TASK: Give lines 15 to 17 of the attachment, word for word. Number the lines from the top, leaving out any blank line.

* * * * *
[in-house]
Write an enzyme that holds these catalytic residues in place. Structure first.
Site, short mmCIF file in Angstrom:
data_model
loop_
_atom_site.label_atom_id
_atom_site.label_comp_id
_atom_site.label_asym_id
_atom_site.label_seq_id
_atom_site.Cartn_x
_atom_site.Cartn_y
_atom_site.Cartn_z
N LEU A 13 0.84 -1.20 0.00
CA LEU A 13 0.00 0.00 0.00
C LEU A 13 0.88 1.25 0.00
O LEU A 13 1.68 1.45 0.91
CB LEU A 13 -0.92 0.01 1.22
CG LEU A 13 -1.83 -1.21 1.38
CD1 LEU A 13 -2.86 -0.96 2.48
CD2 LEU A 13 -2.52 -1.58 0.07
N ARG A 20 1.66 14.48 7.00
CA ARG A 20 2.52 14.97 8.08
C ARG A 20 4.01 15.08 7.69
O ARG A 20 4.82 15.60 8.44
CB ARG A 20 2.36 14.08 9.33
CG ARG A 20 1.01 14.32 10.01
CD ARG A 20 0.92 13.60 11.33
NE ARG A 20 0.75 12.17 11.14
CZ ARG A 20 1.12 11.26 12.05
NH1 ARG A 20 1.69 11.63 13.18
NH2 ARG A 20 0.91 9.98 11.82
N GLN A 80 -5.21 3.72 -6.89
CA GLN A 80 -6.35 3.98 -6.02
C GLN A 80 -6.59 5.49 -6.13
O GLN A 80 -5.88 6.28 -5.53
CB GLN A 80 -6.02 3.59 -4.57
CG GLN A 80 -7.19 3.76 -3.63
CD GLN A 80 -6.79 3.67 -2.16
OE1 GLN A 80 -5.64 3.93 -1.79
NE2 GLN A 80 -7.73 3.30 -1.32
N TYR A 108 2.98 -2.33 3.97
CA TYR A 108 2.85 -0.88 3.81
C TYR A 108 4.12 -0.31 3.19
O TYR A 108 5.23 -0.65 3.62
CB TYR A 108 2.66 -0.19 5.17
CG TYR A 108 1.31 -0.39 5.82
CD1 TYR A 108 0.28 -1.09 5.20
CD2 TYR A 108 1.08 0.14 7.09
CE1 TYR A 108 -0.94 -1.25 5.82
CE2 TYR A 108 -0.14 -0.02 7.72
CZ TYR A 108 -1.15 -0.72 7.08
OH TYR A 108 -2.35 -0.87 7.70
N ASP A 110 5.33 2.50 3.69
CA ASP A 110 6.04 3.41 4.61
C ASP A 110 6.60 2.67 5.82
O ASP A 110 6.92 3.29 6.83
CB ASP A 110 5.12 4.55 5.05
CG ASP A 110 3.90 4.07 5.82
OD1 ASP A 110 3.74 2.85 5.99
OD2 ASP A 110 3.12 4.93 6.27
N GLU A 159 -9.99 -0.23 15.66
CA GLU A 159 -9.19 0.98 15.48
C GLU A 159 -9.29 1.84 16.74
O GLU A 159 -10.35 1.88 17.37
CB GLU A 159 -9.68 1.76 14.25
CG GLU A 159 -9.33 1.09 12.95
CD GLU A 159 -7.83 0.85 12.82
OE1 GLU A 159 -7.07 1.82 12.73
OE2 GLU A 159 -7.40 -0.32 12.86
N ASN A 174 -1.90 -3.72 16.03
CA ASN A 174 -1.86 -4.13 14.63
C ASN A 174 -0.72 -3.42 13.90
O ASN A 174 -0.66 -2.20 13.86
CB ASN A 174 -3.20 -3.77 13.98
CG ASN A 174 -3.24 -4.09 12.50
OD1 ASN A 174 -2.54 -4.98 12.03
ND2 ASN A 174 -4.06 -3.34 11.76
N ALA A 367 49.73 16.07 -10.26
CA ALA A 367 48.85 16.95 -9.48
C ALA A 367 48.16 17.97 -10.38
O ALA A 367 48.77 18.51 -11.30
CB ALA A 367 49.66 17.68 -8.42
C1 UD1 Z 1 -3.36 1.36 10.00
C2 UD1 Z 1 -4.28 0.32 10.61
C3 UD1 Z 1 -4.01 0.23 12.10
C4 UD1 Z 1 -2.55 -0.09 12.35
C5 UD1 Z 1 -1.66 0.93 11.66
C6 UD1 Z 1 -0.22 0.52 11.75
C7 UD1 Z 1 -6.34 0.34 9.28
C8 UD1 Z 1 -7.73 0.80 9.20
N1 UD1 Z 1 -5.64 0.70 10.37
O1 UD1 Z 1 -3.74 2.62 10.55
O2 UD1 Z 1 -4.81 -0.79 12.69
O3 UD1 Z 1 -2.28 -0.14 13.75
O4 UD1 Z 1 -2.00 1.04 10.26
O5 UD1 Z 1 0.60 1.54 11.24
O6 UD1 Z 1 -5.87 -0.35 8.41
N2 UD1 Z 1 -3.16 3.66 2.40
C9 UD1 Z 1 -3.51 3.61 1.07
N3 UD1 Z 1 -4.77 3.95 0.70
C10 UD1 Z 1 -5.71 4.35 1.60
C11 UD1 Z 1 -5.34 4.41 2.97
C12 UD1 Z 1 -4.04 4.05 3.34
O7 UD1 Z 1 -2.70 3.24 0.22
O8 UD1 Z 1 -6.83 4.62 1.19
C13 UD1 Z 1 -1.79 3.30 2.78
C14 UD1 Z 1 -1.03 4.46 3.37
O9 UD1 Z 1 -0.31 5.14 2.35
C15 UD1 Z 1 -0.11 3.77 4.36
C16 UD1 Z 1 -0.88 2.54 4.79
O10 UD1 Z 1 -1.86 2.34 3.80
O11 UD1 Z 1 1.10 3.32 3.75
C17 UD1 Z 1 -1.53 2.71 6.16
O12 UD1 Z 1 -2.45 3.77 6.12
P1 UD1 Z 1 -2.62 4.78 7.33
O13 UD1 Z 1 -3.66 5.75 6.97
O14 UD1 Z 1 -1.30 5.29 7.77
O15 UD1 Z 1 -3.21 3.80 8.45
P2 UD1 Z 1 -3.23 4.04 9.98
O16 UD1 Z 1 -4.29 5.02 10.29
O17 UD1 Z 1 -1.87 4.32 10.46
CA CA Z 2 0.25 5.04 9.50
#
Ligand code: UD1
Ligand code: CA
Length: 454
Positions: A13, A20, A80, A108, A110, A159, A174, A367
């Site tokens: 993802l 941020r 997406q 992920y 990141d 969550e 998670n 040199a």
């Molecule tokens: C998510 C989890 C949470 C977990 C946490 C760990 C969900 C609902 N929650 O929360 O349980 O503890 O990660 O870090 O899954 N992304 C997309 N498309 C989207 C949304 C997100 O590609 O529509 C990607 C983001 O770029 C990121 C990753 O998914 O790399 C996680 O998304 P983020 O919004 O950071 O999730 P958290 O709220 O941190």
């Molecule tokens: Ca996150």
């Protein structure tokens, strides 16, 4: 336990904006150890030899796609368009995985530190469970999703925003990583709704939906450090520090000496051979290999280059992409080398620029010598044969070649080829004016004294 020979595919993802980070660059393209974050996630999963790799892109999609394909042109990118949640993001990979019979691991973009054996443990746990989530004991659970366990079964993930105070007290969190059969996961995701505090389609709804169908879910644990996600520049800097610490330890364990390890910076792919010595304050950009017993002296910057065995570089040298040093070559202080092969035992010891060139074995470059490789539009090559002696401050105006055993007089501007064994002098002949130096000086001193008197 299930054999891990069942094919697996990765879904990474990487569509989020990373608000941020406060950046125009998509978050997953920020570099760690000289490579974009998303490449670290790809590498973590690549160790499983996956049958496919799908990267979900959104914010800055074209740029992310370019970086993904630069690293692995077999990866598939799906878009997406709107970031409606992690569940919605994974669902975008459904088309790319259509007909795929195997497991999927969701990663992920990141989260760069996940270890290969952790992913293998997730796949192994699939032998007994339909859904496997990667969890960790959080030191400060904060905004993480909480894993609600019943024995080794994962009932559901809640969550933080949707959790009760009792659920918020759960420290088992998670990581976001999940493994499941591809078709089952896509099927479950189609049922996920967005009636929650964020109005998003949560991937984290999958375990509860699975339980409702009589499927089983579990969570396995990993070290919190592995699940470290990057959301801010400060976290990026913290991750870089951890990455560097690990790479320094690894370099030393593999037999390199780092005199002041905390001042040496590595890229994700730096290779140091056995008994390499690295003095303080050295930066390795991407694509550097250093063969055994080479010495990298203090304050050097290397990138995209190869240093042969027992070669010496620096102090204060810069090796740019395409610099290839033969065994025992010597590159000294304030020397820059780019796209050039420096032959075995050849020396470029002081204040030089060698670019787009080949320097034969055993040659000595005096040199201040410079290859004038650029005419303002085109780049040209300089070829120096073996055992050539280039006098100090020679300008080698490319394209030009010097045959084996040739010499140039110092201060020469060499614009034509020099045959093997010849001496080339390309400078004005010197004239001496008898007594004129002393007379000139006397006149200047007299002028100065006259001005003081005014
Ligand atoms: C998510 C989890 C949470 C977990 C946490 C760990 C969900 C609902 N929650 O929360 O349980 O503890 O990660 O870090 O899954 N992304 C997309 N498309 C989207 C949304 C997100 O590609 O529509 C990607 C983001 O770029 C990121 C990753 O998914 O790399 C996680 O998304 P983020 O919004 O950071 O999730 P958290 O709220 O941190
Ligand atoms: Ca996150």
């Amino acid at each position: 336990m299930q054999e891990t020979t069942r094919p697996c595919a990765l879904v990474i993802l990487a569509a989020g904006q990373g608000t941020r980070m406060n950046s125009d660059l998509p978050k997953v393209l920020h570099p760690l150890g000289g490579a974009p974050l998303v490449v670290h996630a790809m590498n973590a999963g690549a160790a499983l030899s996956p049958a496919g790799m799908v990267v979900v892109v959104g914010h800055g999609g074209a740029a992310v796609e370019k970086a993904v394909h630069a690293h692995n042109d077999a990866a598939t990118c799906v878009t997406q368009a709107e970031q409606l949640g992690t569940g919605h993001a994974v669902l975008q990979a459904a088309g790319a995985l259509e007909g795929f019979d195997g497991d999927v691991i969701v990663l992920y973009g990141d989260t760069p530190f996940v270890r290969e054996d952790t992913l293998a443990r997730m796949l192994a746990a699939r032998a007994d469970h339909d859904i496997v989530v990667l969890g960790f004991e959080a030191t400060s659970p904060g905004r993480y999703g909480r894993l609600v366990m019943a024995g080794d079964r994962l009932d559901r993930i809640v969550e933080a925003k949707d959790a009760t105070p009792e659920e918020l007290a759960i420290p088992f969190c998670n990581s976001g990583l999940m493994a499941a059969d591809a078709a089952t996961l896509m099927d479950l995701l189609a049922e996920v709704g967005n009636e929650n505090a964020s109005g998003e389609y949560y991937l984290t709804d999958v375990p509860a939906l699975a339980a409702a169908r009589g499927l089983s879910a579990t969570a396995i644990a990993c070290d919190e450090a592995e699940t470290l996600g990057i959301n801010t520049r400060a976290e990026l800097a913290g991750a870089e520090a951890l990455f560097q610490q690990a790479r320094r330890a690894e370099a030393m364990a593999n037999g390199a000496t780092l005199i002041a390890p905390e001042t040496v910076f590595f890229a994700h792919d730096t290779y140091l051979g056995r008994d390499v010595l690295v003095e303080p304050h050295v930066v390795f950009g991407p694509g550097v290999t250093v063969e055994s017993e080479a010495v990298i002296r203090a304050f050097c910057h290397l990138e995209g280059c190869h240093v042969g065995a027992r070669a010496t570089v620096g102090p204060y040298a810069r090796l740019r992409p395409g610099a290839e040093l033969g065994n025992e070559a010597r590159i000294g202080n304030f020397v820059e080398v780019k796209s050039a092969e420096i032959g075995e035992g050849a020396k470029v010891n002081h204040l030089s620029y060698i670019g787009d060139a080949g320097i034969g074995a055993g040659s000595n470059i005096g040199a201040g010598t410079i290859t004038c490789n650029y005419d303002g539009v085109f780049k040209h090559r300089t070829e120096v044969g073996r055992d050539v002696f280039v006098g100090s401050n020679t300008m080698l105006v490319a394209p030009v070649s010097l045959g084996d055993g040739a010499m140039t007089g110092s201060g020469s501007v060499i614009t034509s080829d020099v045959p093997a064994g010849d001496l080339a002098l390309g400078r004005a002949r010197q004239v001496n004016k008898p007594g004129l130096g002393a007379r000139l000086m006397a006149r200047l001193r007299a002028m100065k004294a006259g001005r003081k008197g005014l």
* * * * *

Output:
C LEU A 13 0.88 1.25 0.00
O LEU A 13 1.68 1.45 0.91
CB LEU A 13 -0.92 0.01 1.22